The thing that has made me lose heart is that this kid is still too frightened to run; in spite of all the education and the movement refreshment she has engaged in; all my coaxing is useless. Because, what she remembers is her ‘back is broken’ and that she has to keep her core tight…*sigh*. It is more than a ‘meme’ problem… it’s the tsunami of bullshit I have to swim against to try to convince her that she’ll be ok…She’s a girl in mid-adolescence; previously athletic, somewhat perfectionistic, high academic achiever and somewhat anxious.
She and I are dealing with the complexity of that – and I have the easier job; she’s still a kid.
I recently received the (above) email from a friend, also a physical therapist. We have communicated with one another on various social media platforms for the more than 3 years. I have never had the pleasure of meeting them in person, but fancy them a strong and informed thinker, as well as a passionate therapist.
My friend, however, is becoming disillusioned and frustrated – overwhelmed by a “tsunami of bullshit”, they are starting to ask themselves, “Why?”, and “What difference can I possibly make?”
Earlier in the email they explained:
She is an adolescent who has been experiencing low back pain for about a year. When I saw her, she had next to no mobility in her trunk. A combination of (1) doctor shopping because of her parent’s fixation with a biomedical cause and a ‘cure’, (2) an orthopod who gave her the spondylolisthesis (Grade 1) diagnosis without much more explanation, or telling her that it was essentially stable, or not altogether life-limiting, and (3) each physical therapist (there were 3 before me) she saw giving her some combinations of ‘core stability exercise’ or ‘clinical pilates’ without bothering to try to fit that into normal, everyday movement and physical activity requirements…they had petrified her into co-contracting her abs and paraspinals until she was stiff as a board.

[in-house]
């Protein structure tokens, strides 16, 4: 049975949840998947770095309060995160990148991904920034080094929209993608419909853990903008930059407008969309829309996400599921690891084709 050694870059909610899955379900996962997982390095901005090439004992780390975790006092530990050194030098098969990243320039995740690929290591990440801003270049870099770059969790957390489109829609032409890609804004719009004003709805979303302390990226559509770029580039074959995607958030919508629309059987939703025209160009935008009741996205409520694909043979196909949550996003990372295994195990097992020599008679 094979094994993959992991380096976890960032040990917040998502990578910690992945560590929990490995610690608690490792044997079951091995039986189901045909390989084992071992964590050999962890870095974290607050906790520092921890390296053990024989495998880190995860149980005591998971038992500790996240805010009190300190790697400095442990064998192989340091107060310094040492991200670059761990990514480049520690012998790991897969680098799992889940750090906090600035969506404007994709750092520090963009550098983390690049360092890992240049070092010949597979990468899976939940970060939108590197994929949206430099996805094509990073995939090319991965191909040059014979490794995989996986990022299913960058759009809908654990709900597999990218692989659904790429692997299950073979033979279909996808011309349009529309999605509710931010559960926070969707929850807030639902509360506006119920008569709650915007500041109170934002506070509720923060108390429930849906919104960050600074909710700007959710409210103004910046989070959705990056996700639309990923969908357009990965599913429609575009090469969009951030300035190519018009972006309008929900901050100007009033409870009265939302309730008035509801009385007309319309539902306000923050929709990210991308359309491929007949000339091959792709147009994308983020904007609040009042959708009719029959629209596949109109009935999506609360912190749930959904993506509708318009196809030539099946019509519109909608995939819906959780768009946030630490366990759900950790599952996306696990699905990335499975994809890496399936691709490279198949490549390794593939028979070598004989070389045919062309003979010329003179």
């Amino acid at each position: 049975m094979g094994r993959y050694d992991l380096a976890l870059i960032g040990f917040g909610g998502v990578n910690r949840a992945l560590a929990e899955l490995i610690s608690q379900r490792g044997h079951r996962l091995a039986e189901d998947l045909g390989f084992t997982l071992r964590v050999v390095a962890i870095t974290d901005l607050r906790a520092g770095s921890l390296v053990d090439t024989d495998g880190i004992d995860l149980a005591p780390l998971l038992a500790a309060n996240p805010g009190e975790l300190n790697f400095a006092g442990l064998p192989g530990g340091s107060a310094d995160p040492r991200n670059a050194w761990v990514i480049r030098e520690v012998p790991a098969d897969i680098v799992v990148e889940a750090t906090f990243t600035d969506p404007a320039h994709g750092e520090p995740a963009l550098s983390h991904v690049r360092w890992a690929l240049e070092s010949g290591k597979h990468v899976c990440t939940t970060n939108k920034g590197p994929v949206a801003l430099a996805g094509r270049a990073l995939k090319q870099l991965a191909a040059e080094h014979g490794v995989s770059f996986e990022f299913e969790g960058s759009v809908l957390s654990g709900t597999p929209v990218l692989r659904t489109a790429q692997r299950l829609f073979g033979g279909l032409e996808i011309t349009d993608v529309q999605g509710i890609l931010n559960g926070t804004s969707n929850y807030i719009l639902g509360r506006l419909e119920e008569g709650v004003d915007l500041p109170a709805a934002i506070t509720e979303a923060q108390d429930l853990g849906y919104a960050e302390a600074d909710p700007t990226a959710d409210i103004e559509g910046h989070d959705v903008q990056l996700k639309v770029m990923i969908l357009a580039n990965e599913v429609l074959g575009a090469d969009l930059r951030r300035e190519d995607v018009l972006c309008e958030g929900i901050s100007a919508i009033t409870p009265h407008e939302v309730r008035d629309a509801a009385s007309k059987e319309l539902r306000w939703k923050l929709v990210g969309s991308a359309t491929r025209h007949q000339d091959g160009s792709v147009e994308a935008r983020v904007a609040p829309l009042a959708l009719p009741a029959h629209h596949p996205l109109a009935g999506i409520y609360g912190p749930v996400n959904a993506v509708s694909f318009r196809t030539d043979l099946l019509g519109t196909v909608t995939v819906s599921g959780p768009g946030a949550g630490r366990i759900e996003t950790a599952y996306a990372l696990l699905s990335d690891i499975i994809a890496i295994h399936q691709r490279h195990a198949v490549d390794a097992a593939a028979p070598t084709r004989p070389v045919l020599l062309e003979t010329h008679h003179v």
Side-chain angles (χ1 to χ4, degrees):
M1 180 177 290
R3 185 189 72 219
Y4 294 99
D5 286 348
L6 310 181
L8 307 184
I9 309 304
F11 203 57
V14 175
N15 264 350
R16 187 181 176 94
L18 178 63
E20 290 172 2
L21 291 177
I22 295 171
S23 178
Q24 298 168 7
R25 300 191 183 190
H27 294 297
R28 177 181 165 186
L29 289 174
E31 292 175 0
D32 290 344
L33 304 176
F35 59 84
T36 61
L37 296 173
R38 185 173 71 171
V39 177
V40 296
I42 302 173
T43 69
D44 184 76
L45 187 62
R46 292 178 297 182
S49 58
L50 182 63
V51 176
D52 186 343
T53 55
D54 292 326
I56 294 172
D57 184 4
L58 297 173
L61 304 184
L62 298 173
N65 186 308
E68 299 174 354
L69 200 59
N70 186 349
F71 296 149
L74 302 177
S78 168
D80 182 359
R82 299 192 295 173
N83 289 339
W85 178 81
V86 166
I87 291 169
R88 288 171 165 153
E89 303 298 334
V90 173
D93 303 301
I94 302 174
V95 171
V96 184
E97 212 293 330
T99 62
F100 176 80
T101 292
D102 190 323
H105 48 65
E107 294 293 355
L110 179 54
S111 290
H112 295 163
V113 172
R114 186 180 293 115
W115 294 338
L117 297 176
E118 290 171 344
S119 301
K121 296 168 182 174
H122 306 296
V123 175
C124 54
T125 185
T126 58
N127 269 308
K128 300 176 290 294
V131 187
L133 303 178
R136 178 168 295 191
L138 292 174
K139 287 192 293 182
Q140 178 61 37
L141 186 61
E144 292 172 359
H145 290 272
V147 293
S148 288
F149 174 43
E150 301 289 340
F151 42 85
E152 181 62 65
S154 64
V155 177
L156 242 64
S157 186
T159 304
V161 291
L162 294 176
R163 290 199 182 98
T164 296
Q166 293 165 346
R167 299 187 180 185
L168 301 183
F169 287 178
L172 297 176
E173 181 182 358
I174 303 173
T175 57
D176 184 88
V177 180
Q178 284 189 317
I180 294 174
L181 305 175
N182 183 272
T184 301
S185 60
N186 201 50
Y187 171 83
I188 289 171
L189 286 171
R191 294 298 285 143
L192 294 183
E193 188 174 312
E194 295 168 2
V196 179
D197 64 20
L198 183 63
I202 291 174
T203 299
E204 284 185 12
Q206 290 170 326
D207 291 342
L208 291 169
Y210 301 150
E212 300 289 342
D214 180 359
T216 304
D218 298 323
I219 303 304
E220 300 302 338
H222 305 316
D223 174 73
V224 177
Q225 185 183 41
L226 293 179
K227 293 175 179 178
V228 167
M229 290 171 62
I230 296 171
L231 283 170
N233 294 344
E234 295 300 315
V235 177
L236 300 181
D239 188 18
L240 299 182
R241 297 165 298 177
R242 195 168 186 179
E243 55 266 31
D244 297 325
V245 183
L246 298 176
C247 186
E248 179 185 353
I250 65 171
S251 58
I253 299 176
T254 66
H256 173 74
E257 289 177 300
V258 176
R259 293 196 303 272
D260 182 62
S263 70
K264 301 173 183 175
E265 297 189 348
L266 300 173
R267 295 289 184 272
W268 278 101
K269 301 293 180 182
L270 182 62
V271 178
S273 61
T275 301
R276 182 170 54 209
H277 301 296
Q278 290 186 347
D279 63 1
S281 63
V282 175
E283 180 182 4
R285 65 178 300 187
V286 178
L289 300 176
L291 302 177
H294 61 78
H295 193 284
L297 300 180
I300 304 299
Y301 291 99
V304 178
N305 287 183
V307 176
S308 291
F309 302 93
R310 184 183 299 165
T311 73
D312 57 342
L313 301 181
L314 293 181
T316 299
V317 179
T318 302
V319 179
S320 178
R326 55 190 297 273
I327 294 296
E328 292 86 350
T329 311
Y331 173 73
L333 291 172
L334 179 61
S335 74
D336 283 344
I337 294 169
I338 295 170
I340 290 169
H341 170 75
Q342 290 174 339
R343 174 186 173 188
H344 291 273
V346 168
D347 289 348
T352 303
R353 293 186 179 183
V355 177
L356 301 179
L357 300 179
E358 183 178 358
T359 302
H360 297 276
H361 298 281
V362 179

Somewhere, there is a physical therapist telling yet another girl that she “can’t move that way anymore; it isn’t good for you.” She might feel better for a while and not schedule any additional visits; the physical therapist is validated. Of course, she might stop attending therapy altogether if it isn’t working, but the physical therapist won’t remember her then. No, it would seem that every girl with similar symptoms is going to hear a similar story with the same ending: “You can’t move that way anymore…”
I am reminded of something that I read earlier in the week – a thought and a vision that has stuck with me. The passage is from Albert Camus’ The Fall:
To be sure, you are not familiar with that dungeon cell that was called the little-ease in the Middle Ages…That cell was distinguished from others by ingenious dimensions. It was not high enough to stand up in nor yet wide enough to lie down in. One had to take on an awkward manner and live on the diagonal; sleep was a collapse, and waking a squatting. Mon cher, there was genius—and I am weighing my words—in that so simple invention. Every day through the unchanging restriction that stiffened his body, the condemned man learned that he was guilty and that innocence consists in stretching joyously.